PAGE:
So yeah, zoom with caution, but keep it as an option in your back pocket at all times.
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Old January 27th, 2006, 02:02 AM   #24
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Quote:
Originally Posted by Travis Cossel
No problem. I think, in the end we are both on the same page. We both feel that zooms are often not performed very well by the average videographer. We also both understand that sometimes a nice zoom can have a great effect in your video.

Like I said before . . . moderation. I use 3 cameras for a ceremony shoot, and I will experiment with a few zoom shots at each one. Zooming out from a candle flame or flower arrangement to include the B&G in the shot can be very beaufitul.

So yeah, zoom with caution, but keep it as an option in your back pocket at all times.

Hey Travis...I know I was rippin on the zoom comments but I watched your clips on your website....I didn't see too much zooming, and you do a good job with the camera...keep it up!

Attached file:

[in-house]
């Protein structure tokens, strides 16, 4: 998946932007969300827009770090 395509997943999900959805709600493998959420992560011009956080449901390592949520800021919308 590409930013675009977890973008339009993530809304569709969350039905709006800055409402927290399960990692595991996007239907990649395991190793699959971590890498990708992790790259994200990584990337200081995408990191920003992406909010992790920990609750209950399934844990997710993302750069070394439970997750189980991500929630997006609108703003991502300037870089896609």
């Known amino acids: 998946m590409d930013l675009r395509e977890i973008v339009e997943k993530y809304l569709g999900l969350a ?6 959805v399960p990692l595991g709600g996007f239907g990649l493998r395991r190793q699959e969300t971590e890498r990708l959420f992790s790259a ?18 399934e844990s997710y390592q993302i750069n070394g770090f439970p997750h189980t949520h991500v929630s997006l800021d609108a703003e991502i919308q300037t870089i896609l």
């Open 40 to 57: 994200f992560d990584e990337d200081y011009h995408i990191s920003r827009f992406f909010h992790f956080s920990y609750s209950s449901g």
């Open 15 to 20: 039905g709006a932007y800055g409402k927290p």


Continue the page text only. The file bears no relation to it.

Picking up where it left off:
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Old January 27th, 2006, 02:09 AM   #25
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Yeah, it was funny timing you had. I was working on a preceremony piece for a wedding when I first read your post. I had just started off the piece with a close-up of the bride's wedding ring on her hand and a slow zoom-out to reveal her getting her hair done. The timing of my edit and your post was pretty funny.

Thanks for checking out my material on my website. I'm glad you liked it. Not to thread-jack, but if you did see any areas for improvement, I'd love to hear it. You can email me if you want (to keep this thread cleaner):

info@dreambigproductions.com

Thanks!
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Old January 27th, 2006, 03:31 PM   #26
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Boise

Travis,

This has absolutely nothing to do with anything we've been talking about, but I just realized you were from Boise. I have an aunt and uncle who live there. They were back home last week and my aunt told me about a guy down the street from them there who animated a movie thats about to come out. Have you heard anything about him? Working with video I wondered if you two have ever crossed paths.
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Old January 27th, 2006, 03:34 PM   #27
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It's possible, but I don't know anyone who has animated a movie that's coming out. Got a name? d:-)